Epidemiology of prostate cancer in Asian countries
Takahiro Kimura and Shin Egawa
Department of Urology, Jikei University School of Medicine, Tokyo, Japan
Abbreviations & Acronyms
CI = conﬁdence interval
NA = not available
PCa = prostate cancer
UAA = Urological
Association of Asia
WHO = World Health
Kimura M.D., Ph.D.,
Department of Urology, Jikei
University School of Medicine,
Minato-ku, Tokyo 105-8461,
Received 13 January 2018;
accepted 19 March 2018.
Online publication 8 May 2018
Abstract: The incidence of prostate cancer has been increasing worldwide in recent
years. The GLOBOCAN project showed that prostate cancer was the second most
frequently diagnosed cancer and the ﬁfth leading cause of cancer mortality among men
worldwide in 2012. This trend has been growing even in Asian countries, where the
incidence had previously been low. However, the accuracy of data about incidence and
mortality as a result of prostate cancer in some Asian countries is limited. The cause of
this increasing trend is multifactorial. One possible explanation is changes in lifestyles
due to more Westernized diets. The incidence is also statistically biased by the wide
implementation of early detection systems and the accuracy of national cancer
registration systems, which are still immature in most Asian countries. Mortality rate
decreases in Australia, New Zealand and Japan since the 1990s are possibly due to the
improvements in treatment and/or early detection efforts employed. However, this rate
is increasing in the majority of other Asian countries. Studies of latent and incidental
prostate cancer provide less biased information. The prevalence of latent and incidental
prostate cancer in contemporary Japan and Korea is similar to those in Western
countries, suggesting the inﬂuence of lifestyle changes on carcinogenesis. Many studies
reported evidence of both congenital and acquired risk factors for carcinogenesis of
prostate cancer. Recent changes in the acquired risk factors might be associated with
the increasing occurrence of prostate cancer in Asian countries. This trend could
continue, especially in developing Asian countries.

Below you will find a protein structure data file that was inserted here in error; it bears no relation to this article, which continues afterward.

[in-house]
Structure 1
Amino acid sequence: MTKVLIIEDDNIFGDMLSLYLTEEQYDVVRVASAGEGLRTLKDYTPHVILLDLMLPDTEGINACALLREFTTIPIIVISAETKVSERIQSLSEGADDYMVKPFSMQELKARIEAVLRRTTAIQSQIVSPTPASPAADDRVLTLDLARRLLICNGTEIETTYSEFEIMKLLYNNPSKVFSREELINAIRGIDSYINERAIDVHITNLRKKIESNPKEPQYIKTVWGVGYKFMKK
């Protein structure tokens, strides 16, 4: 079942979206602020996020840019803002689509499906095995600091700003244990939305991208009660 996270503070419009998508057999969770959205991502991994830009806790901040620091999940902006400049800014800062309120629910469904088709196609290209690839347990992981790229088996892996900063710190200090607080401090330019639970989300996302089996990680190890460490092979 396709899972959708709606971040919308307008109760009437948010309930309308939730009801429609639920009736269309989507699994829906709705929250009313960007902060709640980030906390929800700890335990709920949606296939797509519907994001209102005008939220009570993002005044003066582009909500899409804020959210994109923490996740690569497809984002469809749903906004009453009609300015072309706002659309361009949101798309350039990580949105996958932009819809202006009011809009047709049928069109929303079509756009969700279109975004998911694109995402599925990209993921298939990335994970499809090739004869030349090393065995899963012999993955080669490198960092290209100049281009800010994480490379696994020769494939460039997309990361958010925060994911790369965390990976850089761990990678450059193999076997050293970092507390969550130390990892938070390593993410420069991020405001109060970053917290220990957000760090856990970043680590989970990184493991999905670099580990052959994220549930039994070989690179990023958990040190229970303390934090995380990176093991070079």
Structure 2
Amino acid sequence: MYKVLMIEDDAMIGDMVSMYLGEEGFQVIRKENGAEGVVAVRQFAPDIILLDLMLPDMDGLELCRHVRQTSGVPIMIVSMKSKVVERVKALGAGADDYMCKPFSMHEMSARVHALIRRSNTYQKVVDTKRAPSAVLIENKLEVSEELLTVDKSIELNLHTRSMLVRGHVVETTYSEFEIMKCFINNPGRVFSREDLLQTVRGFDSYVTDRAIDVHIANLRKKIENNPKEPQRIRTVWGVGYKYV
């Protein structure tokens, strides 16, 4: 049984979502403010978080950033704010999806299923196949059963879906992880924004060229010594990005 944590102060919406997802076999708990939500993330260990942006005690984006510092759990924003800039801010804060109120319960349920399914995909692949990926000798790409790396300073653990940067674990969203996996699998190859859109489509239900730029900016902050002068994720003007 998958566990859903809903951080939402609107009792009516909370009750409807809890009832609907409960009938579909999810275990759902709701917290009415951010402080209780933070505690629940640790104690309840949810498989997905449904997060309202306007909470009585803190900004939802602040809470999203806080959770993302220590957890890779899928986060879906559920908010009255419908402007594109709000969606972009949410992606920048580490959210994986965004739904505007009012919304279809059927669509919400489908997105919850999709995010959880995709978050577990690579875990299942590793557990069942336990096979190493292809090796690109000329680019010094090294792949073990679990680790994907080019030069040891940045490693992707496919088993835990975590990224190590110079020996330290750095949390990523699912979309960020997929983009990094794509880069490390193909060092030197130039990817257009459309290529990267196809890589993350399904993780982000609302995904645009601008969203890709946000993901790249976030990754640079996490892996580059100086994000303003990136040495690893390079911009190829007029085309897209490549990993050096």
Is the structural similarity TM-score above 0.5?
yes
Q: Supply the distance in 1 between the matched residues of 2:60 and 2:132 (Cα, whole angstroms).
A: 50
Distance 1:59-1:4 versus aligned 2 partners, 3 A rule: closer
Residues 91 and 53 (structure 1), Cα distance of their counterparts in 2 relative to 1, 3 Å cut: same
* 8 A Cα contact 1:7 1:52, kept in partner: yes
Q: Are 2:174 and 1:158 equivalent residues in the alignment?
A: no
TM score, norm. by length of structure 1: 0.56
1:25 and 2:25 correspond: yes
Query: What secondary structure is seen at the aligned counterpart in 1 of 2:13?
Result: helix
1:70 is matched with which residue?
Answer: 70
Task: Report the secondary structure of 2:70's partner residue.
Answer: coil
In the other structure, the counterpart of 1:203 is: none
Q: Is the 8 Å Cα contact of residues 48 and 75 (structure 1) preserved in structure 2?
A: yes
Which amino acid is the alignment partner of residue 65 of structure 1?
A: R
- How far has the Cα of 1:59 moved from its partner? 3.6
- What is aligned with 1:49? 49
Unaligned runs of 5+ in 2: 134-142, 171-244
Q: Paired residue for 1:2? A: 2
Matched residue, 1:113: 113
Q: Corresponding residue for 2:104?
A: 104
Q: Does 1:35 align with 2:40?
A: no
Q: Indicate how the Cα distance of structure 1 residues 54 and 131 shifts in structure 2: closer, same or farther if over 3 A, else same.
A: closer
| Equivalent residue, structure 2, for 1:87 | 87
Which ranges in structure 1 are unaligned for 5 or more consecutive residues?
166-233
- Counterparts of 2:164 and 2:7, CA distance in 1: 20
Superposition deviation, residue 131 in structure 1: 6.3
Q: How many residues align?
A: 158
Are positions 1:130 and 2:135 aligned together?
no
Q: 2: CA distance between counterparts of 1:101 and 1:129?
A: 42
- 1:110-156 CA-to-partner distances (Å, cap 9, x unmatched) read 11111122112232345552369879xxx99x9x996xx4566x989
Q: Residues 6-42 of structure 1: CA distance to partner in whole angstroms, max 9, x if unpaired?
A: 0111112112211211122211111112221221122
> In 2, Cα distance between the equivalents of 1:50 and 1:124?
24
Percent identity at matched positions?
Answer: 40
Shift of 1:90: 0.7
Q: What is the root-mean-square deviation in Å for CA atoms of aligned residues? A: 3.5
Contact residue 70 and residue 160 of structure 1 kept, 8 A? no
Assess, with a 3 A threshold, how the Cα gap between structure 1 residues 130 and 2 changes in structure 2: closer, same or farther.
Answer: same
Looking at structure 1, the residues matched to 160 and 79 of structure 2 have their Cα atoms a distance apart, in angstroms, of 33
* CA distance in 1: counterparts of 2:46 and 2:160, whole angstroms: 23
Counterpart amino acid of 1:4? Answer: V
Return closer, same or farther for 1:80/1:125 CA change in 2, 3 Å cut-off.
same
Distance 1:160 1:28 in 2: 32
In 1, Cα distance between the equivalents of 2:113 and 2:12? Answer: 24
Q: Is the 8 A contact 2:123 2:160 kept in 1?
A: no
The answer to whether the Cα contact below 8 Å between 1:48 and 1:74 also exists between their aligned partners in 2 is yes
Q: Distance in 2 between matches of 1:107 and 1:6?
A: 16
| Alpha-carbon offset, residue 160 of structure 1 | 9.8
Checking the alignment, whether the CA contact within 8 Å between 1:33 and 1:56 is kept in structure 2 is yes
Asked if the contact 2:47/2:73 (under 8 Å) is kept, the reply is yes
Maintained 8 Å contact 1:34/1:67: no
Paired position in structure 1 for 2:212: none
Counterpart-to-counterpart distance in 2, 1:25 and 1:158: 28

Asia, epidemiology, latent cancer, prostate cancer, risk factor.
PCa is the most prevalent male malignancy in many regions of the world. However, remark-
able racial and ethnic differences in the incidence have been reported, ranging from 4.4 per
100 000 to 118.2 per 100 000 persons in India and the USA, respectively. Additionally, it
represents the second most common cause of cancer-related mortality in the USA and Eur-
The incidence of PCa has been increasing worldwide in recent years. This trend has
been growing even in Asian countries, particularly in northeast Asian countries. In Japan,
PCa surpassed stomach and lung cancer as the leading type of cancer among men in 2015;
previously, the incidence of PCa was relatively low.
The cause of this increase is compli-
cated and might be multifactorial, with one possible explanation being changes in lifestyles
due to more Westernized diets.
The incidence of PCa is also thought to be statistically biased due to the implementation of
early detection systems, such as PSA screening programs, and the accuracy of national cancer
registration systems. Mature PSA screening programs and national cancer registration systems
are not yet available in many Asian countries. Recent studies of latent PCa have suggested
that the prevalence of latent PCa has increased in most Asian countries.
In the present literature review, we aimed to determine the trend in the incidence and mor-
tality of PCa in Asian countries, especially in associate and afﬁliate countries of the UAA.
Additionally, we describe the risk factors associated with PCa and the genetic differences
Incidence and mortality
The incidence of PCa has been increasing since the early 1990s, especially in developed
countries, possibly because of the implementation of PSA testing.
© 2018 The Japanese Urological Association
International Journal of Urology (2018) 25, 524--531 doi: 10.1111/iju.13593